Some other land­lords use scare tac­tics to get ten­ants to leave, he said. They hire “con­sul­tants’’ who are ly­ing to ten­ants to get rid of them, ac­cord­ing to Chan of the Chi­na­town Ten­ants Union. In­tim­i­dat­ing peo­ple

“New York City hous­ing law pro­tects any­body, re­gard­less of im­mi­gra­tion sta­tus. But you have th­ese con­sul­tants who will go and say ‘You need doc­u­ments to be able to live here and if you don’t pro­duce them, you have to leave.’ If you’re new to the coun­try and you don’t know th­ese things, then you’ll ob­vi­ously be in­tim­i­dated by th­ese folks,” he said.

The Chi­na­town Ten­ants Union works with im­mi­grant ten­ants to help them un­der­stand what’s le­gal and what’s not, but in­for­ma­tion on hous­ing laws and ten­ant rights is of­ten only avail­able in English. Some im­mi­grants aren’t even aware that they had laws pro­tect­ing them, and out of fear of­ten oblige land­lords’ evic­tions and try to move else­where.

De­spite the rapid pace of changes in Chi­na­town, some, like real es­tate agent Wu, say there are ben­e­fits.

“There are newer, more ex­pen­sive restau­rants open­ing in the area, but there are also Chi­nese-Amer­i­can and Chi­nese-owned ones open­ing as well,’’ she said. “I think you al­ways have to see both sides. I def­i­nitely agree rents all around are com­ing up, but we also have to think about why it’s hap­pen­ing and does it make sense for the neigh­bor­hood,” she said. “It’s ac­tu­ally redefin­ing and pulling Chi­na­town to­gether, and telling a dif­fer­ent [story], be­cause Chi­na­town has al­ways been seen as the last neigh­bor­hood you talk about, but now peo­ple are go­ing there for restau­rants and cafés.”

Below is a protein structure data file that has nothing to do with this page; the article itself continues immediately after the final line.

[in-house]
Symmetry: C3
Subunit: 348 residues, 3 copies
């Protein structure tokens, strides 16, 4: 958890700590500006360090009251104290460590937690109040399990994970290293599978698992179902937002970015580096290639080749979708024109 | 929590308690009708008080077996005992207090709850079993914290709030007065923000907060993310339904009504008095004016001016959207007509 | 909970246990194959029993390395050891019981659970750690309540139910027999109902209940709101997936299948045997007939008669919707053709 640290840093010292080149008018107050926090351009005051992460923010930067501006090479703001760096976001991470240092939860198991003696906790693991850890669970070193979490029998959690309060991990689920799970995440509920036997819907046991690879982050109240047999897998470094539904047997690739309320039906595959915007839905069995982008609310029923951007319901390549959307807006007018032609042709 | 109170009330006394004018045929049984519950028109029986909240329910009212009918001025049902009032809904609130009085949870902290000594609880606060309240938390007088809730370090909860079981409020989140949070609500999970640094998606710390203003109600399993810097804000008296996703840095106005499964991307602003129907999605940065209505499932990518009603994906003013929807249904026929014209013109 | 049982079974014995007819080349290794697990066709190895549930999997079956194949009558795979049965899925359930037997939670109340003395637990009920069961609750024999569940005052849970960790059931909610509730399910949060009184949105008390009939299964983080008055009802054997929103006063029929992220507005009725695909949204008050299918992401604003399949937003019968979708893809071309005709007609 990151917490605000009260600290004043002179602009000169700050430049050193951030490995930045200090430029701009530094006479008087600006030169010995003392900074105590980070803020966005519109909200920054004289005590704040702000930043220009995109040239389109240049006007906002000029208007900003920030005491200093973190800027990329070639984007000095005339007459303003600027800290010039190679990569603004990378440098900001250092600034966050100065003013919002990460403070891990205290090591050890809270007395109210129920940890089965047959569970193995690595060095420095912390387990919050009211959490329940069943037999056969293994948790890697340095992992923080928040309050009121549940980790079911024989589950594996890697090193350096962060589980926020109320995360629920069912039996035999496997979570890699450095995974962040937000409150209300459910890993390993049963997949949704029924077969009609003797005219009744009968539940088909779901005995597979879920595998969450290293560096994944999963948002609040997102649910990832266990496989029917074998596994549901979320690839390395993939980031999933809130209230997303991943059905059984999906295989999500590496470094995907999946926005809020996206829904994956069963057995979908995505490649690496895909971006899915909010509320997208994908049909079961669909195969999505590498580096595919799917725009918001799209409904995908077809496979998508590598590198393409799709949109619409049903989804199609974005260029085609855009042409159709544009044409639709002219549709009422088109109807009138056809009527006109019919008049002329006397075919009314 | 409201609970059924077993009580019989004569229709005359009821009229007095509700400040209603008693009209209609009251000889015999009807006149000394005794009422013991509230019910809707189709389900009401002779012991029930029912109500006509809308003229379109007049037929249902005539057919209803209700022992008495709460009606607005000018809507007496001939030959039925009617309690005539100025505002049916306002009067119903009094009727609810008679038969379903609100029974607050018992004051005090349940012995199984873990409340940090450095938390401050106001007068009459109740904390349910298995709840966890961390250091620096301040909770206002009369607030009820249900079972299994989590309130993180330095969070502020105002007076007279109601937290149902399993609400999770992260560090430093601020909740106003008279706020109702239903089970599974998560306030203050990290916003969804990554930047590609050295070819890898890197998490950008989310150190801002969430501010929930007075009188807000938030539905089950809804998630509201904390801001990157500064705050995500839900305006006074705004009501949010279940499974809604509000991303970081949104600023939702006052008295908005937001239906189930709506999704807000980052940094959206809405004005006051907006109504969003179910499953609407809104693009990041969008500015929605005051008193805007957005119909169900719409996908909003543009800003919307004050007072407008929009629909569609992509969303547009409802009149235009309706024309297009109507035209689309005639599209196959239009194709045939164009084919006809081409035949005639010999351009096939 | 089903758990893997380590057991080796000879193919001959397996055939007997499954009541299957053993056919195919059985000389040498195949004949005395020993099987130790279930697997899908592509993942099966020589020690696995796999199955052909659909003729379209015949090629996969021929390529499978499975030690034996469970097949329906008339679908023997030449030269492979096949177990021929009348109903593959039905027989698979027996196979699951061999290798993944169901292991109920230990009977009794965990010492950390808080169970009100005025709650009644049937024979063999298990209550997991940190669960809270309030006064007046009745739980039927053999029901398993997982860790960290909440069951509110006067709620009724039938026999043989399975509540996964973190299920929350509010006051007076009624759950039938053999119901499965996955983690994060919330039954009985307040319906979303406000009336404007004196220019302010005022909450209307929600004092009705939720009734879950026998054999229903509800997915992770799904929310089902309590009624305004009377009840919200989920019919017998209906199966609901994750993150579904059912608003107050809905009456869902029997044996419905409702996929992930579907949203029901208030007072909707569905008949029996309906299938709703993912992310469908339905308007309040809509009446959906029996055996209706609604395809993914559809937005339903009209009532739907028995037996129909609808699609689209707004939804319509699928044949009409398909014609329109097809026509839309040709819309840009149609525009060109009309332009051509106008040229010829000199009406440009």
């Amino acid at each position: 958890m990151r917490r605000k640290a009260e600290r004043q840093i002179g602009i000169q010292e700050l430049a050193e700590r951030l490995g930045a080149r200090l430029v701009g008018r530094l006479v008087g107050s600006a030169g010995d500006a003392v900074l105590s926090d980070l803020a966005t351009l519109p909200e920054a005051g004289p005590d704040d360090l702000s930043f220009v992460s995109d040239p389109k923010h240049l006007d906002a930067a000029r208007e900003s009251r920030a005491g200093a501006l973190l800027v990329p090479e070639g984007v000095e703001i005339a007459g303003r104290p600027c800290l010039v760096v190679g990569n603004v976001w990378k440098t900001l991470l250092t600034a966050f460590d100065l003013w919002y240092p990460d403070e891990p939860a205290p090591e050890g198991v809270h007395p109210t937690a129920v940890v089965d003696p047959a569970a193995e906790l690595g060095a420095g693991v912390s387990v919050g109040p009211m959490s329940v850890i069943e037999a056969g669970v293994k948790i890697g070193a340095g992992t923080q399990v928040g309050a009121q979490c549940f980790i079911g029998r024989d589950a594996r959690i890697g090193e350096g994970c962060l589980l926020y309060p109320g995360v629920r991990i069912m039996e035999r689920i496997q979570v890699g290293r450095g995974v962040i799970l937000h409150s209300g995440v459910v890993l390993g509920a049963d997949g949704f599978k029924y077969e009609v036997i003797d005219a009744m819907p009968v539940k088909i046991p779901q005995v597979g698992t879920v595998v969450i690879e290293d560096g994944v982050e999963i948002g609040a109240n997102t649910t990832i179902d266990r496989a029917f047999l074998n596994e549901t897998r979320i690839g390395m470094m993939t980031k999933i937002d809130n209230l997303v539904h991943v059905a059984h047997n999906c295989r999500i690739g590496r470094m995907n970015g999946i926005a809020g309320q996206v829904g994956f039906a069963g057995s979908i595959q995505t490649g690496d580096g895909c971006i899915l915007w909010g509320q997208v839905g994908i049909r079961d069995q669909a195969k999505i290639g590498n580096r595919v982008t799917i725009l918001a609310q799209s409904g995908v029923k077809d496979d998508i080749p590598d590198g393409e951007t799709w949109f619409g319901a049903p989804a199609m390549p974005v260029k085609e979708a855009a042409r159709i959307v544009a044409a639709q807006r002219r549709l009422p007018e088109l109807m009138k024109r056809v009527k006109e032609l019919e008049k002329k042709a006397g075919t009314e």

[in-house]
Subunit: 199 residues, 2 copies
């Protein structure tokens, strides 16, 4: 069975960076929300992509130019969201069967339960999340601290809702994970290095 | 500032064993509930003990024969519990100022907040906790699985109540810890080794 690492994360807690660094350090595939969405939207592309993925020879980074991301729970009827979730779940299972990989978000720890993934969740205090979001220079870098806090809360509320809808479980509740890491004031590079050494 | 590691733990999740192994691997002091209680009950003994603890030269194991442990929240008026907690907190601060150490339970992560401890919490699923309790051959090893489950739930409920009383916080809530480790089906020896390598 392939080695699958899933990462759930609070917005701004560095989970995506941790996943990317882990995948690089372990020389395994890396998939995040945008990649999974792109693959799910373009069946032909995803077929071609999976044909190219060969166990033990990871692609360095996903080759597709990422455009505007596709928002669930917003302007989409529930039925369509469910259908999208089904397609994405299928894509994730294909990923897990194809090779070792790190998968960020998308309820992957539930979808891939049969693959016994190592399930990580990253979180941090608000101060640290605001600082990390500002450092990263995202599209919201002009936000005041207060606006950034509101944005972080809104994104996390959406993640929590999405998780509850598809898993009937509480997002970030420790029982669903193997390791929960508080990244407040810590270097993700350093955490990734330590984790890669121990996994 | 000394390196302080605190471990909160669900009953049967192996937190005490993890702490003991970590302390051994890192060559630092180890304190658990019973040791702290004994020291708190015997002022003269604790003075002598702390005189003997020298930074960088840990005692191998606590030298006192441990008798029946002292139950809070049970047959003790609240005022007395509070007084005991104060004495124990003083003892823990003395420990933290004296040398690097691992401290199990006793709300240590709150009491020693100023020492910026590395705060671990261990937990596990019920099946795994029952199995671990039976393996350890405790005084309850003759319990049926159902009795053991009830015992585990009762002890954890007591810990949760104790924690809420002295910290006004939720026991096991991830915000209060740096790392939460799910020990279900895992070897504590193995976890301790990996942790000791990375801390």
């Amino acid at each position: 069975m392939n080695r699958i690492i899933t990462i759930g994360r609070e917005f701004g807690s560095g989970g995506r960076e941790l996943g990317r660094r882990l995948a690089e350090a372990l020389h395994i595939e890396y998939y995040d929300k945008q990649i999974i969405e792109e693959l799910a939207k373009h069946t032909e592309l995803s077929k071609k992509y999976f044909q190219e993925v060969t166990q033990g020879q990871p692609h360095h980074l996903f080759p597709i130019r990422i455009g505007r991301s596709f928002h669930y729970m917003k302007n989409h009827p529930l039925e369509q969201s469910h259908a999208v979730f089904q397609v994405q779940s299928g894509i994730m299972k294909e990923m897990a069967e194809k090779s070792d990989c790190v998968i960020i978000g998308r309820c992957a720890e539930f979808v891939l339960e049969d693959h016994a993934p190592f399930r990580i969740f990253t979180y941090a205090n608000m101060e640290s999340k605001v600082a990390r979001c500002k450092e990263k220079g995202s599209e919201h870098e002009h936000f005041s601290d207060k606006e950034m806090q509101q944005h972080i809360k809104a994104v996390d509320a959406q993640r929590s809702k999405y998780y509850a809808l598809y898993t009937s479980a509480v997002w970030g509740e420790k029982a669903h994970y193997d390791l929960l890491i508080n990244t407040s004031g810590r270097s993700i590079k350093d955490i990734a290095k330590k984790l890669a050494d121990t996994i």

Chi­na­town will never be one of the top three or even top-five Lower Man­hat­tan res­i­den­tial ar­eas, Wu said, but the hy­brid of Chi­na­town pric­ing and in­creas­ing avail­abil­ity of new shops and restau­rants makes it an at­trac­tive place for new renters, which is ul­ti­mately good for a neigh­bor­hood, she said.

“When you have that in mind, bal­anc­ing the fact that you can still get won­ton soup for $5 and [then also] cleanse juices and a meal, it cre­ates an in­ter­est­ing com­mu­nity. It’s not for ev­ery­one, but that’s be­com­ing the new Chi­na­town. It’s re­shaped the Chi­na­town,” Wu said.

But oth­ers ques­tion what ben­e­fits a new Chi­na­town can give its res­i­dents.

Wash­ing­ton’s Chi­na­town is the Chi­na­town that Leong said he and oth­ers fight­ing against gen­tri­fi­ca­tion fear New York and other Chi­na­towns will be­come: “an ex­otic Dis­ney­land lo­ca­tion for the well to do,” with no real com­mu­nity where “real peo­ple, work­ing class peo­ple can live and work”.

Chi­na­town res­i­dents be­ing dis­placed af­fects more than just Chi­nese im­mi­grants and the com­mu­nity, Leong said. Peo­ple don’t think about how dis­place­ment in one neigh­bor­hood has a larger im­pact on the city and coun­try at large, but it does, he said.

“On a so­ci­etal ba­sis, in the end, we still pay the cost, be­cause at the same time we see gen­tri­fi­ca­tion hap­pen­ing and dis­place­ment hap­pen­ing, there’s a di­rect cor­re­la­tion to home­less­ness,” he said. “We’re still go­ing to have to grap­ple with home­less­ness. For some rea­son, peo­ple to­tally dis­con­nect that from rent-con­trol laws, from gen­tri­fi­ca­tion, from dis­place­ment.

“One of the things I’m try­ing to pro­mote is to look at things in a much more holis­tic man­ner, and not to say, ‘We only have to look at gen­tri­fi­ca­tion. We only have to look only at rent con­trol.’ We have to look at things in a mul­ti­ple-is­sue ori­en­ta­tion.” Con­tact the reporter at amyhe@chi­nadai­lyusa.com

PHO­TOS BY AMY HE / CHINA DAILY

A site on one of Chi­na­town’s main streets will be the home of a 22-story ho­tel by 2015, which will re­place what was a Chi­nese restau­rant.

Signs on a small busi­ness, which like many oth­ers in Chi­na­town, face ris­ing rents.